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Mexico declared its independence from Spain in 1821 and adopted a Constitution in 1824. Through the 1820s and 1830s, Americans moved into the Mexican territory promising to uphold the Mexican Constitution. In 1833 General Santa Anna took control of the Mexican government and imposed a new constitution. A war followed, with General Santa Anna’s supporters fighting against the supporters of the old constitution and the Texan immigrants from the United States. In 1836, the American Texans went a step farther and declared independence from Mexico. The Texans won the war and became an independent nation, which was soon admitted into the U.S.A. as the 28^{\mathrm{th}} state. Read the documents below and try to determine why Texans declared their independence from Mexico.

Letter – E.W. Ripley

Source: The letter below is written by an American to the Mexican government in 1823, asking for permission to settle in Mexico.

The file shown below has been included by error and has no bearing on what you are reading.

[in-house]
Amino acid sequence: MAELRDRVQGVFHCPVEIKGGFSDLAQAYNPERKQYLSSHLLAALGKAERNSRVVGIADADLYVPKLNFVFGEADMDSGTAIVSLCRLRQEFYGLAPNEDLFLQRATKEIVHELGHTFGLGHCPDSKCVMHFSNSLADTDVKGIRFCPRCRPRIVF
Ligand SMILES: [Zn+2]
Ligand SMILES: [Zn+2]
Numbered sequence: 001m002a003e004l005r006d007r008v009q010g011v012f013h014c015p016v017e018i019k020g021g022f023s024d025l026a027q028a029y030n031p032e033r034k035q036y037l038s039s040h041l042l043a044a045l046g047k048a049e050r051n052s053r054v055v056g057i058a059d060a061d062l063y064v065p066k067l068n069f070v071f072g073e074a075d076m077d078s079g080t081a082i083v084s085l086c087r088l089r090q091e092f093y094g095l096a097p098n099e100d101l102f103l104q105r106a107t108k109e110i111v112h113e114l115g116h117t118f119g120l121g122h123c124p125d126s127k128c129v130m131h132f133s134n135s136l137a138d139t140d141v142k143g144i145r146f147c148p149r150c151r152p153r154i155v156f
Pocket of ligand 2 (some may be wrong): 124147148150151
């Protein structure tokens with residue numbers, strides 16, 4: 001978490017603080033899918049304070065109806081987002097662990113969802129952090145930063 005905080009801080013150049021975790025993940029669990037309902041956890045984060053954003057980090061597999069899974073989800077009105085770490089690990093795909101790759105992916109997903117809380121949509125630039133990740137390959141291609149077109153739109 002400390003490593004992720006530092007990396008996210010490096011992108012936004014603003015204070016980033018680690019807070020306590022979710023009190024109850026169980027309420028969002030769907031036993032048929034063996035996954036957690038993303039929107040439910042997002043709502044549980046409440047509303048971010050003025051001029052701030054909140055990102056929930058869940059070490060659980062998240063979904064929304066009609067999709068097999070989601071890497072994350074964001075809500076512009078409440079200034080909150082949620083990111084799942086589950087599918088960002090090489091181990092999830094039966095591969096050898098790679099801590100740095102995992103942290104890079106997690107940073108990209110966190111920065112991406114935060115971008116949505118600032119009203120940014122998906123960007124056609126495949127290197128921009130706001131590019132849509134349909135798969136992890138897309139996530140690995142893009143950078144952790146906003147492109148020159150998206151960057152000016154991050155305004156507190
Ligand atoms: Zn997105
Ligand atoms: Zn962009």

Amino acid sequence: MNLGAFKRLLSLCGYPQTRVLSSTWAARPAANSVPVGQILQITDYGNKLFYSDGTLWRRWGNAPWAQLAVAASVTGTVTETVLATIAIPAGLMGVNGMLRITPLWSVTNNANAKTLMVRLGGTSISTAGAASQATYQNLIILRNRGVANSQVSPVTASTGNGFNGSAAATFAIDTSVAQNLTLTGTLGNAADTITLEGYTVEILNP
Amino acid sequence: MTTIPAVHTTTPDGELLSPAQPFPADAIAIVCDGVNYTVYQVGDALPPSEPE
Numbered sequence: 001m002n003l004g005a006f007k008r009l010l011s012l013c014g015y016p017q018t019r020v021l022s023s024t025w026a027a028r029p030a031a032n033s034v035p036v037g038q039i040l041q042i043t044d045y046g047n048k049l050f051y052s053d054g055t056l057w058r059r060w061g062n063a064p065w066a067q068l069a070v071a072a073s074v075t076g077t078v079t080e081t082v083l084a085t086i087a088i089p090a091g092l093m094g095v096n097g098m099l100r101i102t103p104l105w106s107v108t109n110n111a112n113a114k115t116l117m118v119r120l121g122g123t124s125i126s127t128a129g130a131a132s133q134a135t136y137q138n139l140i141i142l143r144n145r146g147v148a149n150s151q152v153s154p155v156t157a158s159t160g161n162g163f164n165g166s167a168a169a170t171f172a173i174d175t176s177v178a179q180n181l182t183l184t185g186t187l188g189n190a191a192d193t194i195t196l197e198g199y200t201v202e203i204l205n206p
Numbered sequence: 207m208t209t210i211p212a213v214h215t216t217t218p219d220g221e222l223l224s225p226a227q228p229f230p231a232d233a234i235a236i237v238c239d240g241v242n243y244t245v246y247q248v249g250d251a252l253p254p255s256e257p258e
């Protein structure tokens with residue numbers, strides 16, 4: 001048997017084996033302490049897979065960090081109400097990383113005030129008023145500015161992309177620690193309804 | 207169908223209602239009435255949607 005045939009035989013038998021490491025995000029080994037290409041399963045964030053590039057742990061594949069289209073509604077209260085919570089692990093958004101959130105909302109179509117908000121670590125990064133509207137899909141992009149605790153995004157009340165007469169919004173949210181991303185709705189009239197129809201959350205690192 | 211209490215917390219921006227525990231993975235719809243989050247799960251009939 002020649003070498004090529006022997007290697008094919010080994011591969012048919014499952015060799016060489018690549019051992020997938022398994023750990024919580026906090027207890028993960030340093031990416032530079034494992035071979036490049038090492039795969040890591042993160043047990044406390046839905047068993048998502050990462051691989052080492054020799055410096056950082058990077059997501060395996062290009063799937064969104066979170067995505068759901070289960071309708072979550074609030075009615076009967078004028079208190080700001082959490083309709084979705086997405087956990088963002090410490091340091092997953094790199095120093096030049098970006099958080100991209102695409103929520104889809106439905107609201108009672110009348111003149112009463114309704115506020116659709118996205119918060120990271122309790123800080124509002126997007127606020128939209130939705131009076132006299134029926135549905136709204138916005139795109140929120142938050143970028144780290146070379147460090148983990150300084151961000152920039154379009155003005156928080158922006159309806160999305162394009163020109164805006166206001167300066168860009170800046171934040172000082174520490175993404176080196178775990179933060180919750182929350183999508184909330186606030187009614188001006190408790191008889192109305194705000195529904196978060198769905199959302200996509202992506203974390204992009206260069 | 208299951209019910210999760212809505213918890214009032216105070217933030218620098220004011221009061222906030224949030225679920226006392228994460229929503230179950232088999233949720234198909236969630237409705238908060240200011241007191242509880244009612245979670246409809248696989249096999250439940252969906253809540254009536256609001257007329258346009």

A number of men of good character and patriotic f[ ] are desirous of emigrating from the United States into the Mexican Territory on th[e] South Side of the Colorado of the Mississipi. Their object is to form a colo[ny] of Agriculturists. This tract of terr[itory?] at present [is] inhabited by the Ca[ ] and other Indians and the prese[nce of] such a colony would materially chec[k] their depredations. Should they go to this point they will conform to your language and political Institutions. they would defend your territory; and be a powe[rful au]xiliary TORN [ ] their agent from [ ] [ ]. He and the other Colonists would remove immediately with their families if they can obtain a grant of lands to settle and I think they would be of vast service to yourself individually and to the nation of Mexico I have the honor to be with sentiments of high respect

Your most obedt Servt

E.W.Ripley (rubric)

New Orleans Au[gust ??] 1823

Questions:

  1. Sourcing: Who wrote this document? Were they Mexican or American? When did they write it?
  2. Close Reading: Does this document present a positive or negative view of the American settlers in Texas? Provide a quote to support your claim.
  3. Sourcing: Do you trust the perspective of this document? Why or not?

Letter – Rafael Manchola

Source: The letter below was written by Rafael Antonio Manchola, a Tejano (Mexican living in Texas). He wrote this letter about the Anglo-Americans in 1826 to a military commander.